January 16, 2019, by Todd Neva
A paragraph in The Princess Bride caught my eye.
Before I get to that paragraph, let me explain that the book is different from the movie. The central conflict in The Bride chapter is who is the most beautiful woman in the world. Buttercup was barely in the top twenty at the beginning of the chapter, which was quite remarkable considering she didn’t like to bathe or brush her hair.
Her love for Westley quickly propels her to the eighth most beautiful woman, and then she gets word that Westley died at the hands of the Dread Pirate Roberts.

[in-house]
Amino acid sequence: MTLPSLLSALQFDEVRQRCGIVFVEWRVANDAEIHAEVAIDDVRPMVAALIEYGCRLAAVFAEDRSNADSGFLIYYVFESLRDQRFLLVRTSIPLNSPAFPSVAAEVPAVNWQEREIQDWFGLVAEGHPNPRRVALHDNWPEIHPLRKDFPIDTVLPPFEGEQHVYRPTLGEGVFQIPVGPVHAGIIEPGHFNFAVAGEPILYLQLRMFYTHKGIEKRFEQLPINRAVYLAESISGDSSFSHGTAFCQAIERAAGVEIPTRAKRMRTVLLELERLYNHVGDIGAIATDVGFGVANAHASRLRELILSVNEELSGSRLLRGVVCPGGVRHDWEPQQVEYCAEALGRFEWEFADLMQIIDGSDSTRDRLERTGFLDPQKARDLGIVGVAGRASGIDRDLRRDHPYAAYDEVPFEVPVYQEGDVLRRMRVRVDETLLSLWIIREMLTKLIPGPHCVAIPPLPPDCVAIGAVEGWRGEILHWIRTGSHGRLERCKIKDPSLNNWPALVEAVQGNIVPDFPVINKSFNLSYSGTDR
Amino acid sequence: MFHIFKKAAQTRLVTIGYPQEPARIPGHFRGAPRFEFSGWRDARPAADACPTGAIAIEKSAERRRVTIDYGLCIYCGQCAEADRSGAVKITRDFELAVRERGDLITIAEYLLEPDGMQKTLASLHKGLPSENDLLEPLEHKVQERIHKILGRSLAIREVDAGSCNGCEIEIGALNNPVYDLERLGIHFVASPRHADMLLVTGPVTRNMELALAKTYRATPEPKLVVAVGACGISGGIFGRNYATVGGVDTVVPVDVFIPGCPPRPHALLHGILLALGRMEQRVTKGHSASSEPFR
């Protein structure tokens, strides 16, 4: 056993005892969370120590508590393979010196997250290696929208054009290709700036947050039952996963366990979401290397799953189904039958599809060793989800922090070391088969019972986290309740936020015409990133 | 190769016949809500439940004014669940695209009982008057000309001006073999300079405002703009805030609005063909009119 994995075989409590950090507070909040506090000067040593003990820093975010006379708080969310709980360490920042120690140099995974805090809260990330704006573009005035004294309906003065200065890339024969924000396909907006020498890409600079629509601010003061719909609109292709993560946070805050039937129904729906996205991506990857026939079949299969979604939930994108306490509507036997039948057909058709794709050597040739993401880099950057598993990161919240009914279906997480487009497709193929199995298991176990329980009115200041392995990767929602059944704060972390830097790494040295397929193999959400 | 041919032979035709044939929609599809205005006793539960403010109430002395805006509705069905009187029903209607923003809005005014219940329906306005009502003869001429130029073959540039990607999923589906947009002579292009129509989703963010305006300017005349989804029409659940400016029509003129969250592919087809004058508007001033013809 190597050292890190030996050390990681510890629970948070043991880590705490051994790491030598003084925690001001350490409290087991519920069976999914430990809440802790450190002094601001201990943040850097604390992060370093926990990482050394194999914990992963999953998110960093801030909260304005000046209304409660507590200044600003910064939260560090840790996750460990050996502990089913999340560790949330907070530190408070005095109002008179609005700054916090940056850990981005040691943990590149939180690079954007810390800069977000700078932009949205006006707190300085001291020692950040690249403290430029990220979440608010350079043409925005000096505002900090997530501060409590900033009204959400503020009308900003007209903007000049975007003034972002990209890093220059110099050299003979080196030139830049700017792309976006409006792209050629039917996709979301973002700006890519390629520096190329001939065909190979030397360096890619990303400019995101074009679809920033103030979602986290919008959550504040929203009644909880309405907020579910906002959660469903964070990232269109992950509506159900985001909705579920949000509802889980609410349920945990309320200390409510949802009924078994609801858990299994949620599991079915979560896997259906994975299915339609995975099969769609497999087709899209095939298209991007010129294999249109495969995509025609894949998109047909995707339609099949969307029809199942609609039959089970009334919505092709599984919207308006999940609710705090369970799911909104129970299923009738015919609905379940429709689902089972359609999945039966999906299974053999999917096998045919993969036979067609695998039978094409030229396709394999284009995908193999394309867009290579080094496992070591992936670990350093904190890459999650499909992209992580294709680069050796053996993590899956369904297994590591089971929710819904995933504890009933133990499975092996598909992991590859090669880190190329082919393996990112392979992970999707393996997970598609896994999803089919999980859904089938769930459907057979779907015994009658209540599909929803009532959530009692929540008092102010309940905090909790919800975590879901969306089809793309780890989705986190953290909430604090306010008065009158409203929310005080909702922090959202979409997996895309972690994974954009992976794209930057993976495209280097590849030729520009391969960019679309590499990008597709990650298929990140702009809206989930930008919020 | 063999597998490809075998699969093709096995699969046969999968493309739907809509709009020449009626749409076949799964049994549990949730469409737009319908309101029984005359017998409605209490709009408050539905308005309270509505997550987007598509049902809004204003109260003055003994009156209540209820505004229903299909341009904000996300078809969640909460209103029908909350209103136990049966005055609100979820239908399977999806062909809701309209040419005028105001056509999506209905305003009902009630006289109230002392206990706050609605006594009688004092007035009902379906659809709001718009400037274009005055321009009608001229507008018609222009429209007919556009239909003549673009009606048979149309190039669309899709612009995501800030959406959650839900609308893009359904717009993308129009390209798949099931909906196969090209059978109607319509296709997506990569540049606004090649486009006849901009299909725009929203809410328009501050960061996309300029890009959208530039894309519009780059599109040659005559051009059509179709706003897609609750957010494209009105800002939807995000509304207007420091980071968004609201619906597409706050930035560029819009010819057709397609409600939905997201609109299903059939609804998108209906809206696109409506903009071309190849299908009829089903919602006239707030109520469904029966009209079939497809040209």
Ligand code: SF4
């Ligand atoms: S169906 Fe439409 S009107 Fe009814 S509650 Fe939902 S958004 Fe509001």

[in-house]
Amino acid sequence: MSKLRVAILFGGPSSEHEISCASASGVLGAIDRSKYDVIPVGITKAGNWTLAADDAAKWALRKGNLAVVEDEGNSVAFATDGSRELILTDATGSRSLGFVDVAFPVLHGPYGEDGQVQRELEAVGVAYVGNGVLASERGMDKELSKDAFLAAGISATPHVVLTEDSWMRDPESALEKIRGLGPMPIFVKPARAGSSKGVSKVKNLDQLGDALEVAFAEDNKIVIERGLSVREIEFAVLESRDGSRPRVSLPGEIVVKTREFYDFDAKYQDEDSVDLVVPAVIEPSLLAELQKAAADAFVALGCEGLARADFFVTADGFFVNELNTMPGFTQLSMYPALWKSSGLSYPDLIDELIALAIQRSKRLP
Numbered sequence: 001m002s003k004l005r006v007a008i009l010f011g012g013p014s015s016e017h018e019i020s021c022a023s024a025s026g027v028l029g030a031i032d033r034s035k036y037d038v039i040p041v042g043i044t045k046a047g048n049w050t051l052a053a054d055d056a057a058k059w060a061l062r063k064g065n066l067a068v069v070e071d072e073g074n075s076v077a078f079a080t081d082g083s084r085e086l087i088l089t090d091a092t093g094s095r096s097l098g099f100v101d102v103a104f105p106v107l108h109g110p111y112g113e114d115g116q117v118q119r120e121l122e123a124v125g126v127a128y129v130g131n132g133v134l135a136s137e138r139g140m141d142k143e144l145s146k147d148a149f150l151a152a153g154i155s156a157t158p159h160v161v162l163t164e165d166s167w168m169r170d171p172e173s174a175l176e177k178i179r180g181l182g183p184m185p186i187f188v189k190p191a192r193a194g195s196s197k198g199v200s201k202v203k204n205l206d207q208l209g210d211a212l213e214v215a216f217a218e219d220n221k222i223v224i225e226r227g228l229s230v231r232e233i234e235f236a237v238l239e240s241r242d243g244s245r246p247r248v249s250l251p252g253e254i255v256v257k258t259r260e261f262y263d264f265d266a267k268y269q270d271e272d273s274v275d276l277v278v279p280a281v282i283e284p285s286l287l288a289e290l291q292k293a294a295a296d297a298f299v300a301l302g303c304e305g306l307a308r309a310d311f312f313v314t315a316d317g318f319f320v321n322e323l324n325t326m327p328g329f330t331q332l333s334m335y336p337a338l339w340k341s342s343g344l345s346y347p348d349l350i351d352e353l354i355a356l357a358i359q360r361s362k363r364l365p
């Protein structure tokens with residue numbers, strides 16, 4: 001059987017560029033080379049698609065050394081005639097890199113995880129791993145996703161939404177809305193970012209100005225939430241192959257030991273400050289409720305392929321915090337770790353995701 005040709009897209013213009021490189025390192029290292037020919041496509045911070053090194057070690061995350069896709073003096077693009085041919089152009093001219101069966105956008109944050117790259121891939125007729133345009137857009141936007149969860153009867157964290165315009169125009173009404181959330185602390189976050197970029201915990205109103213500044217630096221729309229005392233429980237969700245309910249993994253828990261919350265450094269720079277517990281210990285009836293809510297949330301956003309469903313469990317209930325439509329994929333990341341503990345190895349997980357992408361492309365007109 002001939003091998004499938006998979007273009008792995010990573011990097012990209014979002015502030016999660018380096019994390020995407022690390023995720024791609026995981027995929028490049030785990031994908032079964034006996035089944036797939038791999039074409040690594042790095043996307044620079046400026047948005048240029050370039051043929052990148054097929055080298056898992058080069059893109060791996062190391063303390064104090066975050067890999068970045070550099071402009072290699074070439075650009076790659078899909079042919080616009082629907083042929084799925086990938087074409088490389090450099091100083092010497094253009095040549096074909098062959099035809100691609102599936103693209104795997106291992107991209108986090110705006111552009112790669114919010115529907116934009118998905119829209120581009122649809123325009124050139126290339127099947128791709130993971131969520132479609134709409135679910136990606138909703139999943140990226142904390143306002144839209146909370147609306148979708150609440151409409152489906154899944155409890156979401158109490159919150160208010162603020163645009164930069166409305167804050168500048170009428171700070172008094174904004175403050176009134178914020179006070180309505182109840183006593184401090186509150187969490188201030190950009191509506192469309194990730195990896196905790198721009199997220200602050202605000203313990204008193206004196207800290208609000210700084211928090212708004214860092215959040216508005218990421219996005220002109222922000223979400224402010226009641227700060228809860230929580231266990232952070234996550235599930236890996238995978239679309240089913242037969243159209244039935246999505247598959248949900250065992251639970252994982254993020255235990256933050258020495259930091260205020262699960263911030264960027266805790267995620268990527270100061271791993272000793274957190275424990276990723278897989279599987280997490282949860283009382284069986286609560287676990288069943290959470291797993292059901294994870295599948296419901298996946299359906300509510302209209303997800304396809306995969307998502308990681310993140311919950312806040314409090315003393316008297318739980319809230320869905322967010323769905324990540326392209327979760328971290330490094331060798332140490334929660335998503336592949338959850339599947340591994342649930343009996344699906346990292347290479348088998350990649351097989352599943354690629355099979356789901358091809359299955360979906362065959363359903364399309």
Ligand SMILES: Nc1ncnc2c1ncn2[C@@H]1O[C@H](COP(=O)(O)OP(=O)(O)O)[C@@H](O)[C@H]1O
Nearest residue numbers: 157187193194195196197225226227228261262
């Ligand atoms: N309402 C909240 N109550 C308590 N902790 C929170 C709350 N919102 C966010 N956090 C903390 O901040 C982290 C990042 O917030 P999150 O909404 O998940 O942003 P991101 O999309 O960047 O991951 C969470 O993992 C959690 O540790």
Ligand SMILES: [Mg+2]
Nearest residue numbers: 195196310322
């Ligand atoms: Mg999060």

Buttercup retreats to her room in despair, and when she emerges “she never looked as well. She had entered her room as just an impossibly lovely girl. The woman who emerged was a trifle thinner, a great deal wiser, an ocean sadder. This one understood the nature of pain, and beneath the glory of her features, there was character, and a sure knowledge of suffering. She was eighteen. She was the most beautiful woman in a hundred years.”
This is the type of beauty possessed by the female protagonists in Kristin’s books. There is an element of pain in each of their stories that matures them, gives them depth of character, makes than ever more appealing to their love interests.
Kristin writes authentically from her own pain, and she too has become more beautiful over the last several years.